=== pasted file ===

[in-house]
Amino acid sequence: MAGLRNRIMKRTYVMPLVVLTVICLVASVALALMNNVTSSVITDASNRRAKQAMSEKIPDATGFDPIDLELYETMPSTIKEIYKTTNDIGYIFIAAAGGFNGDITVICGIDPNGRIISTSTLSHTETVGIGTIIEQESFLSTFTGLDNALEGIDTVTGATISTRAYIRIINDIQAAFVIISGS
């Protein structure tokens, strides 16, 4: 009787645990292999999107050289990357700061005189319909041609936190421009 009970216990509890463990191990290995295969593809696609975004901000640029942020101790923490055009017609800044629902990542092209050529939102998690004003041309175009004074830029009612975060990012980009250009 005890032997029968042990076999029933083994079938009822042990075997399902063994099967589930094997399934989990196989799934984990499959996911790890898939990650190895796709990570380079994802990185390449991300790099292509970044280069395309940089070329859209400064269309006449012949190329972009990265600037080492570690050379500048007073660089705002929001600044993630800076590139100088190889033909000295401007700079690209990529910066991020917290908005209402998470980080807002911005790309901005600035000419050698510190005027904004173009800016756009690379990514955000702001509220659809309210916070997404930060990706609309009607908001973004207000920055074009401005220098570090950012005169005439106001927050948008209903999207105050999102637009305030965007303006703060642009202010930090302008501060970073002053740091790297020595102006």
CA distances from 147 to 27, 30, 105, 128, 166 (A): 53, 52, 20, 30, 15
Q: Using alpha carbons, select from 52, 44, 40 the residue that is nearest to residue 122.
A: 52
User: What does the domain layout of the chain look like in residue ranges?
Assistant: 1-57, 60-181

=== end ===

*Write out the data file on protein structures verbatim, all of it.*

[in-house]
Amino acid sequence: MAGLRNRIMKRTYVMPLVVLTVICLVASVALALMNNVTSSVITDASNRRAKQAMSEKIPDATGFDPIDLELYETMPSTIKEIYKTTNDIGYIFIAAAGGFNGDITVICGIDPNGRIISTSTLSHTETVGIGTIIEQESFLSTFTGLDNALEGIDTVTGATISTRAYIRIINDIQAAFVIISGS
């Protein structure tokens, strides 16, 4: 009787645990292999999107050289990357700061005189319909041609936190421009 009970216990509890463990191990290995295969593809696609975004901000640029942020101790923490055009017609800044629902990542092209050529939102998690004003041309175009004074830029009612975060990012980009250009 005890032997029968042990076999029933083994079938009822042990075997399902063994099967589930094997399934989990196989799934984990499959996911790890898939990650190895796709990570380079994802990185390449991300790099292509970044280069395309940089070329859209400064269309006449012949190329972009990265600037080492570690050379500048007073660089705002929001600044993630800076590139100088190889033909000295401007700079690209990529910066991020917290908005209402998470980080807002911005790309901005600035000419050698510190005027904004173009800016756009690379990514955000702001509220659809309210916070997404930060990706609309009607908001973004207000920055074009401005220098570090950012005169005439106001927050948008209903999207105050999102637009305030965007303006703060642009202010930090302008501060970073002053740091790297020595102006």
CA distances from 147 to 27, 30, 105, 128, 166 (A): 53, 52, 20, 30, 15
Q: Using alpha carbons, select from 52, 44, 40 the residue that is nearest to residue 122.
A: 52
User: What does the domain layout of the chain look like in residue ranges?
Assistant: 1-57, 60-181